Monstermen Advance Comic Book Review

 

MonstermenCoverFrom the silent maternity hall in a long-abandoned hospital, the strange offspring of H.P. Lovecraft and Mike Mignola crawls to the surface. Monstermen, by Gary Gianni, revels in the weird and unexplained, while letting us laugh at the thing that goes bump in the night. Gianni, best known for his work on the current run of Prince Valiant, brings us a truly odd supernatural world.


There are ghosts and demons, and men who would bargain with them. Strange monsters crawl out from the sea and sorcerers spread terror from the grave. There are, however, men who would face these monsters. Lawrence St. George is a movie director and apprentice demon hunter. His inspiration is a member of the Order Corpus Nostrum, a man named Benedict. Benedict, the obvious hero, wears a tuxedo and a knight’s helm. All the time. This is the best clue we have that this book should not be taken too seriously.


On the surface, everything we need for a good supernatural horror show is here. We have the inscrutable evil presence and the mysterious hero. It is clear that Gianni loves his horror. It is equally clear that, like Mike Mignola, he doesn’t take it too seriously. At one point, when evil forces want a character out of the way, they transform the top of his head into an adorable stegosaurus.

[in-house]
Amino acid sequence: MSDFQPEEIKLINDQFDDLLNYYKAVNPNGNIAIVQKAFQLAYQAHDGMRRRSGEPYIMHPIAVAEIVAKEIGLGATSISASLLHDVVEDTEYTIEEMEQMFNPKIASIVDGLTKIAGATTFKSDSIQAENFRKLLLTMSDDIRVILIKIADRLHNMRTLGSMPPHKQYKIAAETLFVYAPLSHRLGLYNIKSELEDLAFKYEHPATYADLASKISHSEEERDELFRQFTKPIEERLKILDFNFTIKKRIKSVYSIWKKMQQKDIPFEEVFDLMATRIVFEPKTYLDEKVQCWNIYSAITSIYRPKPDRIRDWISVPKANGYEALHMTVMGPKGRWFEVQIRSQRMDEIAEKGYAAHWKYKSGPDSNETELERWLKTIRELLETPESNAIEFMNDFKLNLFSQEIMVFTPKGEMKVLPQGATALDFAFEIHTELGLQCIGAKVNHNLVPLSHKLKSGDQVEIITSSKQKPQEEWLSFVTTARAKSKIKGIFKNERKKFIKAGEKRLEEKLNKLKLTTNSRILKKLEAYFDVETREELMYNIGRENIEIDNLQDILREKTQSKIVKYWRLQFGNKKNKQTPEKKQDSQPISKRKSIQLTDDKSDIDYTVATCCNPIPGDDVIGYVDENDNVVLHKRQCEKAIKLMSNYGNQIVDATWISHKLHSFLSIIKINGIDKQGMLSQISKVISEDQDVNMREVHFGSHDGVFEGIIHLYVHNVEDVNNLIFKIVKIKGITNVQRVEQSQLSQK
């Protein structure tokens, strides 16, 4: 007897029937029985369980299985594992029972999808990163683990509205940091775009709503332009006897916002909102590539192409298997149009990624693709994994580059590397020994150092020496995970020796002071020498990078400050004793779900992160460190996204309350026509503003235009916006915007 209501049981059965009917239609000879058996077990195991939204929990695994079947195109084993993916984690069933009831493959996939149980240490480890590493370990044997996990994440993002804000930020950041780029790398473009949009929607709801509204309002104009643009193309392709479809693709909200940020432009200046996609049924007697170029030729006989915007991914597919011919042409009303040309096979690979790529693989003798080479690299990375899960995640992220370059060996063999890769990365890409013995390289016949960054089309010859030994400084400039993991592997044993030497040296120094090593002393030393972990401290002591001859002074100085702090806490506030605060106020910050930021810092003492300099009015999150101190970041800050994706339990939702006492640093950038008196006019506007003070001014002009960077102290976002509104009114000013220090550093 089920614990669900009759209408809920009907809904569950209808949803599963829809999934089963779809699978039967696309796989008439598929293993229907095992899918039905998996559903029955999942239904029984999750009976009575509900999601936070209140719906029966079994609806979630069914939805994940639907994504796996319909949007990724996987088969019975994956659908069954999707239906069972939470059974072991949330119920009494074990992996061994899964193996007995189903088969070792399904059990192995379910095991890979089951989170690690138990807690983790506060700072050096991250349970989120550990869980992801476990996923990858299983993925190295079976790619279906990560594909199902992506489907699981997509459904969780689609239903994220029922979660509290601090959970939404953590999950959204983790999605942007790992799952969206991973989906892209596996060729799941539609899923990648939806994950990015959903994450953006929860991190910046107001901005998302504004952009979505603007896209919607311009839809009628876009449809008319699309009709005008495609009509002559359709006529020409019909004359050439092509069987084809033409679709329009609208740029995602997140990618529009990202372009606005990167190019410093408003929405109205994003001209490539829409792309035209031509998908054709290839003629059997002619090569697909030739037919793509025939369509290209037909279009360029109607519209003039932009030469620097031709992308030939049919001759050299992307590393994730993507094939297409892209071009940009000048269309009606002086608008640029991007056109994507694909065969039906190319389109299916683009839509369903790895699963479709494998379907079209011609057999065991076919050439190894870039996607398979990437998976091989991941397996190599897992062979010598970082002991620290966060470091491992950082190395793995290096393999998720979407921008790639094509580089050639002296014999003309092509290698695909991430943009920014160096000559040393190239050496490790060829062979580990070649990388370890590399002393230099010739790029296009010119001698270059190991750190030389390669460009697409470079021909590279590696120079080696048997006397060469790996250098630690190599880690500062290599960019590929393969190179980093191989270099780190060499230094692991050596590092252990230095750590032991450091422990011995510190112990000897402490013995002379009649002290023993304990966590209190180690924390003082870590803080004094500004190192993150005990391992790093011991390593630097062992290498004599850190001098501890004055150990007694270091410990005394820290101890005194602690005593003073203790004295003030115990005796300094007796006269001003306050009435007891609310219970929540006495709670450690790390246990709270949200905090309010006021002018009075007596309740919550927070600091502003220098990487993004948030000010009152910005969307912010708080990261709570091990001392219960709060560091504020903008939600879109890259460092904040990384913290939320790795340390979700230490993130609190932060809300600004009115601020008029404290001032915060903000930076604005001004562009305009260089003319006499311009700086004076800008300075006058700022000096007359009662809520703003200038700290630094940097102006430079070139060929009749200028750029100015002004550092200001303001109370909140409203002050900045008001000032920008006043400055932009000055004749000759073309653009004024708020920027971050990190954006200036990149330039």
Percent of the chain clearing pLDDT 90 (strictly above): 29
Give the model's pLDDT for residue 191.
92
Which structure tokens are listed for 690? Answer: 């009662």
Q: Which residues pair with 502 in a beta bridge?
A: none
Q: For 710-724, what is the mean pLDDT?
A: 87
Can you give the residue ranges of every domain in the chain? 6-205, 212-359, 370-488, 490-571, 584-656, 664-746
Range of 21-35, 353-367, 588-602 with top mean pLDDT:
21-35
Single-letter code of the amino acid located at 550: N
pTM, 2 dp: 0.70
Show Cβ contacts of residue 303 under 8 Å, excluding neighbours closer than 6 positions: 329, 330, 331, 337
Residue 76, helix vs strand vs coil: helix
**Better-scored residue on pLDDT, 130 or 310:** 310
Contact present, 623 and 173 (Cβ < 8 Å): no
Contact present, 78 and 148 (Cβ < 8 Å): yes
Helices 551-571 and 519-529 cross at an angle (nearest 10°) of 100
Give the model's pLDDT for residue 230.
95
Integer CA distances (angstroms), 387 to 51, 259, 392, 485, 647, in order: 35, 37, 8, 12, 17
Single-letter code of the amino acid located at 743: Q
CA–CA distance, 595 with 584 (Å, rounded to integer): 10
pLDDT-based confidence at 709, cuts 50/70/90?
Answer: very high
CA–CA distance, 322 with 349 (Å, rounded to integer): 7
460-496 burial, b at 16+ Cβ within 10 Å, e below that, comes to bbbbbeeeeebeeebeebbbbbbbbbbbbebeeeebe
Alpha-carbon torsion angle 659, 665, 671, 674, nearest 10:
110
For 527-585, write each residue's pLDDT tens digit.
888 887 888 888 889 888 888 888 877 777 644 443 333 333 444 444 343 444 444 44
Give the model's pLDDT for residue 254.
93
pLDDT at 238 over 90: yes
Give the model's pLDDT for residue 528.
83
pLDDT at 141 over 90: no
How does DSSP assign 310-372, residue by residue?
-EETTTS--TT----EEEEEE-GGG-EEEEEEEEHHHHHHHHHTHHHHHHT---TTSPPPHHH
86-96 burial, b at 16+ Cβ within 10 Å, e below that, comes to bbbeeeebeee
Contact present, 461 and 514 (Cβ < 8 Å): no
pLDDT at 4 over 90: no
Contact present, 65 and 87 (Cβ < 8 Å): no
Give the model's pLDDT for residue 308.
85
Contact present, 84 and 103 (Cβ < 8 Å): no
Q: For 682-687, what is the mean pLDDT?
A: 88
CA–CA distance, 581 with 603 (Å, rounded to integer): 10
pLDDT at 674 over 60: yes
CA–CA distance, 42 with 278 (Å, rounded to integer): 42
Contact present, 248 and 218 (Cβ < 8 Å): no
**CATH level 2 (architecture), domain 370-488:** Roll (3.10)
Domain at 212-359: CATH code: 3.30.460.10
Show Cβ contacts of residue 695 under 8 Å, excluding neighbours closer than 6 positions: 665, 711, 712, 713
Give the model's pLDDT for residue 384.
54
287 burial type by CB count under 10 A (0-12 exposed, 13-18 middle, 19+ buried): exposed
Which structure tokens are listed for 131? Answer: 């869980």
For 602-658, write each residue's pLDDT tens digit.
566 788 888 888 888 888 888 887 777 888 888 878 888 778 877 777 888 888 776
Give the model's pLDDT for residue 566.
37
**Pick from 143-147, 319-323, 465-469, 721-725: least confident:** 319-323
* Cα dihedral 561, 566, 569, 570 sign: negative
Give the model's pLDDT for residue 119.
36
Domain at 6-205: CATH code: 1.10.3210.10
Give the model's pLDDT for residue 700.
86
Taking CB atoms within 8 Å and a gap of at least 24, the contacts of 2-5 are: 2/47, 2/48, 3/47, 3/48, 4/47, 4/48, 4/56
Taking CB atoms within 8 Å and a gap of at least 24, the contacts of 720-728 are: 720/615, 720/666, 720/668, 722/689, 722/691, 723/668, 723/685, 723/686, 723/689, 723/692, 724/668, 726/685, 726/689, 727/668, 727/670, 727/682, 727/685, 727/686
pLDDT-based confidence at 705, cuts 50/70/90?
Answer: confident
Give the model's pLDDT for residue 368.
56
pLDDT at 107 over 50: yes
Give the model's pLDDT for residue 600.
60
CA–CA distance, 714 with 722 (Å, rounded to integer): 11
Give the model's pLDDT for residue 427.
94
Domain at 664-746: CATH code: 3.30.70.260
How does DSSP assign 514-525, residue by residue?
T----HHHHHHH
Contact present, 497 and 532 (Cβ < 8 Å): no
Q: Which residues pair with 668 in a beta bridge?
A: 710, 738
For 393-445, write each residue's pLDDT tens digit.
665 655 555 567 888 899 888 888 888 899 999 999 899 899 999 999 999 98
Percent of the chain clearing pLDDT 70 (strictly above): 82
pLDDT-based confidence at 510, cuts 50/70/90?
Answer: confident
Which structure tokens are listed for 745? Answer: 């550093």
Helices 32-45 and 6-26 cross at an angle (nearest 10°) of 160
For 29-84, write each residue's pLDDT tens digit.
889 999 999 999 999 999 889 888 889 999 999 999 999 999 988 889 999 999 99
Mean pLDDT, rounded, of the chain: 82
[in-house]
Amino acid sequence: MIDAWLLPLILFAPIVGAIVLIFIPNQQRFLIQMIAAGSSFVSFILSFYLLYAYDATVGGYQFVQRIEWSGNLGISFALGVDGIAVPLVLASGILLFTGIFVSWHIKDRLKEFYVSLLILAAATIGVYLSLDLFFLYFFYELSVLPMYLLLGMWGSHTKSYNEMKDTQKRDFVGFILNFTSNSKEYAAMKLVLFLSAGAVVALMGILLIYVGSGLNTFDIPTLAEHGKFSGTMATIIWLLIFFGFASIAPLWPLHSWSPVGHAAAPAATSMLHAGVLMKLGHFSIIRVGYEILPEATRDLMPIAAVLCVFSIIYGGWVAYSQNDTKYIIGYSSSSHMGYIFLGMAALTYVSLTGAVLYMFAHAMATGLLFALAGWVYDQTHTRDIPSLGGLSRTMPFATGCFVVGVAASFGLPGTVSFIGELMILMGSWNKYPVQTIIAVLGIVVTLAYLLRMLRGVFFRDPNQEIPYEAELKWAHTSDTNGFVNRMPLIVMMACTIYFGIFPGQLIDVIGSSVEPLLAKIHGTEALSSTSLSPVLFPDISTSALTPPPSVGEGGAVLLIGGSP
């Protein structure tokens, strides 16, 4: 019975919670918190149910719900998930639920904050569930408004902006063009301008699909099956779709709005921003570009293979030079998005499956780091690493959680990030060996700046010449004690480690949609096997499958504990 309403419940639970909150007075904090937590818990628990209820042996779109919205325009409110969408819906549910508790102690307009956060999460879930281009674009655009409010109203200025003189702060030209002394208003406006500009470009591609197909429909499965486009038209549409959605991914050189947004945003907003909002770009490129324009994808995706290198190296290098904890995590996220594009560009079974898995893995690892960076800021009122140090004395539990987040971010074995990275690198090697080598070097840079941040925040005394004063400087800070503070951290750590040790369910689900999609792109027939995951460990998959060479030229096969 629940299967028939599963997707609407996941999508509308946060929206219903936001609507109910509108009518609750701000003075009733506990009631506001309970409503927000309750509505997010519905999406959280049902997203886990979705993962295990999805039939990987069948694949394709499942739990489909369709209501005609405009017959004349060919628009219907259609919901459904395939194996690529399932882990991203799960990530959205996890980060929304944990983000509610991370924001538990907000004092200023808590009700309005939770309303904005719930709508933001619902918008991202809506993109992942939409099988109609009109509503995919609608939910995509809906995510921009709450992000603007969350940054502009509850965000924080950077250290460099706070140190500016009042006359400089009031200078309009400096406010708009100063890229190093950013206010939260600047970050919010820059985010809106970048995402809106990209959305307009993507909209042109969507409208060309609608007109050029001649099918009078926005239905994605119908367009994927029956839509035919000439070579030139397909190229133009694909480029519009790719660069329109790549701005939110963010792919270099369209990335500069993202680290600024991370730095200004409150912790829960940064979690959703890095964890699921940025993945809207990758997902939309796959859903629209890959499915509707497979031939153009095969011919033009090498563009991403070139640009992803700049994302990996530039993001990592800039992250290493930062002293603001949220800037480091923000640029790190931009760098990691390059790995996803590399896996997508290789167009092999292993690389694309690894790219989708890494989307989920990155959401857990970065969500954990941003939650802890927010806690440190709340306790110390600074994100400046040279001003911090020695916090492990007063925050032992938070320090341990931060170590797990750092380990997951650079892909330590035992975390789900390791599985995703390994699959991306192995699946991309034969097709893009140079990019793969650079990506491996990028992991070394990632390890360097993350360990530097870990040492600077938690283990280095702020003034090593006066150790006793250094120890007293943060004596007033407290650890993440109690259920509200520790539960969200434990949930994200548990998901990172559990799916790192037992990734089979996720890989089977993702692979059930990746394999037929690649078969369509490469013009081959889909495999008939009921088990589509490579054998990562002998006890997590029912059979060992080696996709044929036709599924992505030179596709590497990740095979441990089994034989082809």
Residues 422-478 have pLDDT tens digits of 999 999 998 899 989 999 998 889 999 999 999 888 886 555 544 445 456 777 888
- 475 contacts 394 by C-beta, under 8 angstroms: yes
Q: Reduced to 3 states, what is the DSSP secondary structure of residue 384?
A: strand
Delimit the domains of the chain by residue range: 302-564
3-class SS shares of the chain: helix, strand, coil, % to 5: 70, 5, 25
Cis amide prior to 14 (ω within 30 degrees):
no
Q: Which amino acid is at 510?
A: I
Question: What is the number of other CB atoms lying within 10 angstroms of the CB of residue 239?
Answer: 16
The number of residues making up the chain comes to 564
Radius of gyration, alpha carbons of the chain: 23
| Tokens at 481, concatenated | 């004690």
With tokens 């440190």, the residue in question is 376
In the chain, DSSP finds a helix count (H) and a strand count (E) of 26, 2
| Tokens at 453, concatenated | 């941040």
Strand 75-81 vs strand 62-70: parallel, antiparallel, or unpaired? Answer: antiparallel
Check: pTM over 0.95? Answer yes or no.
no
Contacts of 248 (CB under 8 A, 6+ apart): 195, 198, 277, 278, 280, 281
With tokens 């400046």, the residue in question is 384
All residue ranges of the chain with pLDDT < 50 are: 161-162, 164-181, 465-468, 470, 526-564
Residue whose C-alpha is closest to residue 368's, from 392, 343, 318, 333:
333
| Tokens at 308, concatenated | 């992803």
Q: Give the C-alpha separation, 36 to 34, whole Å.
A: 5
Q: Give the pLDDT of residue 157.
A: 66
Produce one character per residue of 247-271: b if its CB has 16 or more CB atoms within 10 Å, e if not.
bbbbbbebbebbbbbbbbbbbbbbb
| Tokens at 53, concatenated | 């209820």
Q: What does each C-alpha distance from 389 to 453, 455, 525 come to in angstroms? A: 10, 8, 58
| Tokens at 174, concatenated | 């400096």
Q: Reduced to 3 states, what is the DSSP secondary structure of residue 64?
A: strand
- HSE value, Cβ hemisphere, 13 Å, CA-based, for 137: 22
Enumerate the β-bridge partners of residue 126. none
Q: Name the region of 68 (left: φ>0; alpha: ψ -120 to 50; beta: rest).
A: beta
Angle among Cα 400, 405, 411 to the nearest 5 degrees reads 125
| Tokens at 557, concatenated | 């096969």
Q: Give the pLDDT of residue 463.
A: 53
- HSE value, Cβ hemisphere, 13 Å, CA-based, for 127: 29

I can’t finish this review without mentioning the layout on display here. Gianni has a deep understanding of how a comic page works. There are a few pages that really showcase this talent, but even the more mundane pages are masterfully done. His use of light and shadow is some of the best I have seen. Despite the overwhelming blackness in some of the scenes, it is always clear what is going on.


Monstermen is a book I can easily recommend, if you enjoy old-school horror or don’t mind a little horror mixed with your comedy.

 

Last modified on Friday, 21 June 2013 01:34

Ben Rhodes, Fanbase Press Senior Contributor

Favorite Book:  Cryptonomicon
Favorite MovieYoung Frankenstein
Favorite Absolutely Everything:  Monty Python

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